Can they? what about in a fire? with smoke? you cannot see? can you still get into the room easily? have you ever been in a fire? I have! PERSONALLY. My fiance is also an EMT/Firefighter. I know how locking the door goes.

[QUOTE=loitering;12690195]And because your daughter doesn't like the door being shut... what exactly? That means no child does? [QUOTE]
No but we aren't really talking about closed doors, locked ones are the issue and the only reason I brought up a closed door is to reference my daughters LOVE for her crib.

[QUOTE=loitering;12690195]And what point are you trying to make about letting kids run free all the time? I have no idea what you're trying to say.[QUOTE]

Not sure how to say it any clearer??? Where do you draw a line? If cribs are so bad what should we do with them (Not all parents enjoy or want to or have children who like to co sleep)


Quote:
Originally Posted by loitering View Post
ETA: Maybe I'm misunderstanding you. You're saying that kids do need to be put in something to keep them safe, but you think cribs are okay and locks on doors aren't?
LOcked doors are dangerous for the various listed reasons above. A crib is not against fire code however and children are easily accessible in one.
post #168 of 236
locking a child in a room is illegal, as is neglect, abuse. Its that simple. It's illegal and against fire code.

Cribs and co sleeping are not illegal, they are choices.
post #169 of 236
Quote:
Can they? what about in a fire? with smoke? you cannot see? can you still get into the room easily? have you ever been in a fire? I have! PERSONALLY. My fiance is also an EMT/Firefighter. I know how locking the door goes.
No, I REALLY don't think you do. Ds has a baby lock on the inside of his door. I can open the door perfectly fine from the outside. Other locks people have talked about have included those tiny little hooks and in the doorframe, which could easily be found by running your hand along the frame. And turning the lock backwards would just mean that you'd jostle the lock for a second to open it, the same way you do every time you come out of the bathroom.

NO ONE is talking about locking a kid in their room in a way that would be difficult to open from the hallway.
post #170 of 236
Yes, I'm also talking about a baby lock from inside the door - the outside knob is just the same as it would always be. I don't think anyone's talking about padlocking the door shut, geesh.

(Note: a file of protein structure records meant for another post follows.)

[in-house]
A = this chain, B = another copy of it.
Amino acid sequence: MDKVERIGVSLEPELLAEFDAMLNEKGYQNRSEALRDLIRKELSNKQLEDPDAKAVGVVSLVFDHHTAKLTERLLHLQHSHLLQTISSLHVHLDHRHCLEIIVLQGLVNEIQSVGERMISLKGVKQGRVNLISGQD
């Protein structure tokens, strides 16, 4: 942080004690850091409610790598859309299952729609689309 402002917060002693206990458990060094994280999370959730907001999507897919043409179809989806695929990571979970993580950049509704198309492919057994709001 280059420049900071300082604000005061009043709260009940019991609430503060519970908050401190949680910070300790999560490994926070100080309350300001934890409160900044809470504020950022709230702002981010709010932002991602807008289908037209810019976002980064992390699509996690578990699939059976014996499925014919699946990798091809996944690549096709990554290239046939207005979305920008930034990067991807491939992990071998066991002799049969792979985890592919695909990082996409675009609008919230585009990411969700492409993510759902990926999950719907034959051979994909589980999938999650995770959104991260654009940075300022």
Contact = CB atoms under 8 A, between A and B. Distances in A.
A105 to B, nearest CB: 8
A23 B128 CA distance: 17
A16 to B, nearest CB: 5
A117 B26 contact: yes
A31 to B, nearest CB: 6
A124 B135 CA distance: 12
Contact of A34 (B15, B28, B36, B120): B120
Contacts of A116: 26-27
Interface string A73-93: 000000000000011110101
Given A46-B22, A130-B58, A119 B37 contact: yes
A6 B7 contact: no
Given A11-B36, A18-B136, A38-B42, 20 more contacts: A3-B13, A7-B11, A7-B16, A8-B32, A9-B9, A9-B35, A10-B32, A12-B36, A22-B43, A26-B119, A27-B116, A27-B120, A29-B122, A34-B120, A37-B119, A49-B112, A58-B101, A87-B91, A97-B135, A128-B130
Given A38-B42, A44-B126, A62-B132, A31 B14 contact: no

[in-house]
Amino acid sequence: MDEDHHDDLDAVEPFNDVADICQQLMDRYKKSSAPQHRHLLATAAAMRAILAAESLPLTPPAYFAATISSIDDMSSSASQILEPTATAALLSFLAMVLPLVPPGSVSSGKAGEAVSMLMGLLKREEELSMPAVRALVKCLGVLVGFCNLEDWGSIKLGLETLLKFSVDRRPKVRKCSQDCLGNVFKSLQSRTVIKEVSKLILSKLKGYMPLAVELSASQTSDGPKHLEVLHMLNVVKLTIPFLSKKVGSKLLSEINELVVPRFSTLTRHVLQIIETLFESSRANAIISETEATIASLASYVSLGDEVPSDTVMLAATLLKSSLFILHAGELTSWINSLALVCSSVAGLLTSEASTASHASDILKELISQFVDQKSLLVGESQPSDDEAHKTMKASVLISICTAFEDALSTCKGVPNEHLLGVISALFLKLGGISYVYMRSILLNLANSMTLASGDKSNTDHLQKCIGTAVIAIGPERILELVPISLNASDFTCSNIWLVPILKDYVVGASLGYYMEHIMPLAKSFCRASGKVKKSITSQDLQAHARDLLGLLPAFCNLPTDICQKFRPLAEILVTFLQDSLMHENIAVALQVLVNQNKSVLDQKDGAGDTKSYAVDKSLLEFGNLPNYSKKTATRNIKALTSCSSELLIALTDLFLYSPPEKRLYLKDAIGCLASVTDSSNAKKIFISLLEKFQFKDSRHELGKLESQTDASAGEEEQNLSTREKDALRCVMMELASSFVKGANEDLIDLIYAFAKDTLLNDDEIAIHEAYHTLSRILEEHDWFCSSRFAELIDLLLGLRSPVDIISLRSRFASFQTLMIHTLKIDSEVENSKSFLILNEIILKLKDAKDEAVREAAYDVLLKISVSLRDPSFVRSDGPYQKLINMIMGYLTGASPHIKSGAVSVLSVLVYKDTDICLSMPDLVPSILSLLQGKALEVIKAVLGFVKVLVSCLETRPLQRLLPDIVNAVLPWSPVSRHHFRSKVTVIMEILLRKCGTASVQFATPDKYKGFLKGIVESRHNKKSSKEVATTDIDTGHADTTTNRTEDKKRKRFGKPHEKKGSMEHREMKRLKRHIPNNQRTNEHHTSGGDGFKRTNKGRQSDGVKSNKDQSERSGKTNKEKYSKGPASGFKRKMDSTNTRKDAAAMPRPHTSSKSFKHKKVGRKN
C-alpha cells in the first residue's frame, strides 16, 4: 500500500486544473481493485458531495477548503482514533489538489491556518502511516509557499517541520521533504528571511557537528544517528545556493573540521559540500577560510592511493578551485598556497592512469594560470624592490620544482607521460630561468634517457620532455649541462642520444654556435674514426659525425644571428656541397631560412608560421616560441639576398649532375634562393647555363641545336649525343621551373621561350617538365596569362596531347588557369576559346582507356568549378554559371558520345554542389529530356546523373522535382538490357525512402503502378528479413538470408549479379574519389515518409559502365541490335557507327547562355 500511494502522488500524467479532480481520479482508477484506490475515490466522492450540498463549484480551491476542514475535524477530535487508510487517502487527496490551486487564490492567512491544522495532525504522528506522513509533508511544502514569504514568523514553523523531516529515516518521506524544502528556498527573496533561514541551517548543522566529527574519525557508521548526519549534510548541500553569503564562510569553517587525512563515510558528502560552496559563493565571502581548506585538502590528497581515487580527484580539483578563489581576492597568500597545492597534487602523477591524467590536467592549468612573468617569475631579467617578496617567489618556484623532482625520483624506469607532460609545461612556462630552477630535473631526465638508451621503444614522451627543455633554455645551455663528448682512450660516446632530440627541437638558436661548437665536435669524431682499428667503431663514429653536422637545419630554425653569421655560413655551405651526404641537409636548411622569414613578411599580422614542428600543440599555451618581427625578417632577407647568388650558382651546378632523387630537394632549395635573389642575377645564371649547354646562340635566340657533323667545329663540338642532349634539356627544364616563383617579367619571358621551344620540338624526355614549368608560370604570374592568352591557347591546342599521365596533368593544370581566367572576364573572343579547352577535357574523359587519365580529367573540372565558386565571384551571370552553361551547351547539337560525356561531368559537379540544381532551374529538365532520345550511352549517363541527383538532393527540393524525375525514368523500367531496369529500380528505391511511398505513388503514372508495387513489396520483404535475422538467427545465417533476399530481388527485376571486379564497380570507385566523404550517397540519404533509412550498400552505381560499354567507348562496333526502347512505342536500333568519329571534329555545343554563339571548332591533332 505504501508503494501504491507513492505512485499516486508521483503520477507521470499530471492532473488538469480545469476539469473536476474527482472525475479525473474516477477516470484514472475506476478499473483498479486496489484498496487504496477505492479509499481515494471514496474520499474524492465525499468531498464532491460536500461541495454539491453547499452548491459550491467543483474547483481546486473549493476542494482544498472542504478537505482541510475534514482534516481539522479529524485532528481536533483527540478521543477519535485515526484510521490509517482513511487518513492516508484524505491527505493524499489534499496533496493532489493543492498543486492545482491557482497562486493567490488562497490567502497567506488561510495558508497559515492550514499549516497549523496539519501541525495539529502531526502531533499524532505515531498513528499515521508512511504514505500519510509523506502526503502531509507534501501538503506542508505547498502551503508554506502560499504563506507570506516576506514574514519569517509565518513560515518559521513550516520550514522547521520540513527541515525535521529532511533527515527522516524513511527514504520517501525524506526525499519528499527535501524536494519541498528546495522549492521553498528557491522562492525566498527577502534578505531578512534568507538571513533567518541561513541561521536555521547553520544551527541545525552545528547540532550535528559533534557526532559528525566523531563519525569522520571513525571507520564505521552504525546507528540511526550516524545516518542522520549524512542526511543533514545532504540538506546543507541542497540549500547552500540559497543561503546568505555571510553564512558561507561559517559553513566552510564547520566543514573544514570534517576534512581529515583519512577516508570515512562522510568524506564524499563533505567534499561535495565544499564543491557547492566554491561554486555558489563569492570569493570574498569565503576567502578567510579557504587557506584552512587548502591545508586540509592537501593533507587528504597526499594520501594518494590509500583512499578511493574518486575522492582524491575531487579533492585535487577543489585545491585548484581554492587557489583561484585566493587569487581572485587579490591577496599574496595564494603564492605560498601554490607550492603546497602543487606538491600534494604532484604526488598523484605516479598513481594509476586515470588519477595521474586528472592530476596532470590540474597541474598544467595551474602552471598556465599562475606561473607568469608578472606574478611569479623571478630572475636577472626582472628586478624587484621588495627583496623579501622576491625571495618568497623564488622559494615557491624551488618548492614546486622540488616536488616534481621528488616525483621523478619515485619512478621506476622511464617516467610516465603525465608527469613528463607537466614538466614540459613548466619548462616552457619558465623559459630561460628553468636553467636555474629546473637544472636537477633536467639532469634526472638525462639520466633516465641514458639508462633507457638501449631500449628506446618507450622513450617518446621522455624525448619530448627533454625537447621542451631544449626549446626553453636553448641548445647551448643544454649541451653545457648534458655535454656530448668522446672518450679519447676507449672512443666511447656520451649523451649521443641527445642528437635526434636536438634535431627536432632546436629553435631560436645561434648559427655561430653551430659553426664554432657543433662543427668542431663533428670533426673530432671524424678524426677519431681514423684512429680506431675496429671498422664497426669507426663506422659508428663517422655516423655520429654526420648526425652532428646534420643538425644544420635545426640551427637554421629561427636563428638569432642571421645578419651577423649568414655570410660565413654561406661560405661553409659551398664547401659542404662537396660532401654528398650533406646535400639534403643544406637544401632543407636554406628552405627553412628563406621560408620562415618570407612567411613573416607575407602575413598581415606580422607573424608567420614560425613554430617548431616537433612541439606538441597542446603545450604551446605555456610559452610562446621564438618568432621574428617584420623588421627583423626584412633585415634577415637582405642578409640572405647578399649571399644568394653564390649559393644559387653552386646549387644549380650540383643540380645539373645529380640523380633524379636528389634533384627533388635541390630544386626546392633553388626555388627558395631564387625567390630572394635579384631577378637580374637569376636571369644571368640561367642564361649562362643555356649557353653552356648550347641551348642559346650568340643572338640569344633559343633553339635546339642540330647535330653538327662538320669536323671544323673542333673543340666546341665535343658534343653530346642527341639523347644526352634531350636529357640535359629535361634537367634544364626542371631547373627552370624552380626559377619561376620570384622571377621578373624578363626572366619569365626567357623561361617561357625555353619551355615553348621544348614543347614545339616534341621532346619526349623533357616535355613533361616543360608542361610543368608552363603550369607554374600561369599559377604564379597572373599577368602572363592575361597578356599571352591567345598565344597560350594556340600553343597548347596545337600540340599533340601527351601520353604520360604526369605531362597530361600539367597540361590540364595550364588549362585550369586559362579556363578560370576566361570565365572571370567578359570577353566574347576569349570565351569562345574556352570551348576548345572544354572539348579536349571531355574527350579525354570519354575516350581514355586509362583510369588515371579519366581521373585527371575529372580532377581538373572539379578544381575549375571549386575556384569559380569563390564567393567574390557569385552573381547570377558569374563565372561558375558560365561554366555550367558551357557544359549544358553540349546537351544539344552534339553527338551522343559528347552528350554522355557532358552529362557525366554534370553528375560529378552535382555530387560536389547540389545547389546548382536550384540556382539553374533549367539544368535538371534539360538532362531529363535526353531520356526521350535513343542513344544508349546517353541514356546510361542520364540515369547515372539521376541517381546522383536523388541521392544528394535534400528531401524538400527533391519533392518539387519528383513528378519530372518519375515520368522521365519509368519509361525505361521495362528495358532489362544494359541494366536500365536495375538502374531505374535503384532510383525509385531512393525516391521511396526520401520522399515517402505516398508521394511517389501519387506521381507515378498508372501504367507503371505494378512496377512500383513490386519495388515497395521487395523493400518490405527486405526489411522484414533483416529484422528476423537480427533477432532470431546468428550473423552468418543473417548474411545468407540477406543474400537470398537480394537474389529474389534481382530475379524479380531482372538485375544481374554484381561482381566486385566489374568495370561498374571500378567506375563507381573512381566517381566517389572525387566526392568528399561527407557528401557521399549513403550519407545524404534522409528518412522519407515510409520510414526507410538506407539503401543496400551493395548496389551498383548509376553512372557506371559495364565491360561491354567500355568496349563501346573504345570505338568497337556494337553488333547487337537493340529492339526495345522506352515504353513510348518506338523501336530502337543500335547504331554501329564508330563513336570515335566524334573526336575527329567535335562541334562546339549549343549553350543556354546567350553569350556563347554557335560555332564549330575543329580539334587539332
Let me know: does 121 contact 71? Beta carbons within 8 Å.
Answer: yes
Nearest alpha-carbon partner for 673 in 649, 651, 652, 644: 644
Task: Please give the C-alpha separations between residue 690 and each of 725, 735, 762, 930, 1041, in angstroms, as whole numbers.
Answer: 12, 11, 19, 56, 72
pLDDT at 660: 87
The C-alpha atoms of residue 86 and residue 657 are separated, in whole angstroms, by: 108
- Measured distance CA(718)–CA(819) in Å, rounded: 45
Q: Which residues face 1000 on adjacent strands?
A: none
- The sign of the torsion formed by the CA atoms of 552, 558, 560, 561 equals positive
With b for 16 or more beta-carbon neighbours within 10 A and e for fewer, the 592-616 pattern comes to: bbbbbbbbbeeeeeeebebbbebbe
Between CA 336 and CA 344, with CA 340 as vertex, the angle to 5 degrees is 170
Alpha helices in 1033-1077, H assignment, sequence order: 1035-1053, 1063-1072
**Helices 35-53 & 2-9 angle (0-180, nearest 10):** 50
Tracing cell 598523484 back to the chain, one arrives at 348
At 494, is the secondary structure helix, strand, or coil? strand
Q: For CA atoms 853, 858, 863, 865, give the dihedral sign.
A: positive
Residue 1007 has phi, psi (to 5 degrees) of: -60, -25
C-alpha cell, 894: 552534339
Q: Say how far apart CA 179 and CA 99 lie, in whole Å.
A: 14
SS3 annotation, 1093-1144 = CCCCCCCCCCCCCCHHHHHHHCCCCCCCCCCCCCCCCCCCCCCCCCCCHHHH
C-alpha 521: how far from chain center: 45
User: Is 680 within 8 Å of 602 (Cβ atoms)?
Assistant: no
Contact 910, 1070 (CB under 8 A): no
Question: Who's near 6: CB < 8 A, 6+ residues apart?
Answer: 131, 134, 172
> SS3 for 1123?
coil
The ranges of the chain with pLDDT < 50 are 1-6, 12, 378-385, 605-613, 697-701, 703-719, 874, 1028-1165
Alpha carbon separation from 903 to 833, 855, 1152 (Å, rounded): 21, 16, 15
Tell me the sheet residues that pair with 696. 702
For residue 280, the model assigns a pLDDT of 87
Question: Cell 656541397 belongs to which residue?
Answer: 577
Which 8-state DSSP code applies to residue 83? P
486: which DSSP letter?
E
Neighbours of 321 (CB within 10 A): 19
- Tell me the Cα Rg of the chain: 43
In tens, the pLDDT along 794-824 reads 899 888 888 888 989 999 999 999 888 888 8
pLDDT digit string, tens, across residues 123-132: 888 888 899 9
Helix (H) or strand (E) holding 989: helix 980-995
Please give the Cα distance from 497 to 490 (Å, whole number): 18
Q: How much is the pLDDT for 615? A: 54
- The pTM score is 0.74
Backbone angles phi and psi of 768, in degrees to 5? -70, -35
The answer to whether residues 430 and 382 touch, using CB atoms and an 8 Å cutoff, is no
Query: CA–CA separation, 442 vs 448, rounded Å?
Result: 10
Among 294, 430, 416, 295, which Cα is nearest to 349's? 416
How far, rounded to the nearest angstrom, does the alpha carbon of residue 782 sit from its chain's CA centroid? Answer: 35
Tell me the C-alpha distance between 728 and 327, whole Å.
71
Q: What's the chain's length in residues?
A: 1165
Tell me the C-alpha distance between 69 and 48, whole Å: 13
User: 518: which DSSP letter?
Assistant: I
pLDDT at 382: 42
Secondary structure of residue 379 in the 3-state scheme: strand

post #171 of 236
Quote:
Locked from the inside means to person inside can turn the knob but not someone from the outside.
When there is a fire and it is in the middle of the night (generally when people sleep), most of the time, by the time you wake up there is too much smoke to see. When a team of firefighters come in and a door is locked, they have to knock it down.
I meant "from the outside".

Quote:
Yes she sleeps with the door open and mine is open directly across the hall and I have a monitor that I can hear her breathe with.
That's a fire hazard.

Quote:
locking a child in a room is illegal, as is neglect, abuse. Its that simple. It's illegal and against fire code.
Prove that it's illegal.
post #172 of 236
Quote:
I am working my way through the posts but to answer the above question, I am a CPS worker and it is most definately abusive! She needs to be reported ASAP!

maybe in canada cps would step in and interfere in this situation but not in the usa.

i worked cps for years and this would be a very little concern to cps unless it coincided with OTHER things ie: neglect/physical abuse.

locking a kid in his room. meh. its not up there with CIO even.

I dont AGREE with it, but its not abusive. I can call alot of things abusive but this to me runs hand in hand with letting your kids eat twinkies every night for dinner.its not good, but its not abuse either.
post #173 of 236
and my son loves sleeping with his door shut tight, hes not scared at all. he has slept like that since he was small.he likes it dark, and quiet.
post #174 of 236
Quote:
Originally Posted by mamakay View Post
That's a fire hazard.
.
Okay I am just jumping in here but this part caught my eye. Open doors are a fire hazard? How so? We all sleep with our doors open. I want to hear and feel what's going on in my house at all times.
post #175 of 236
Quote: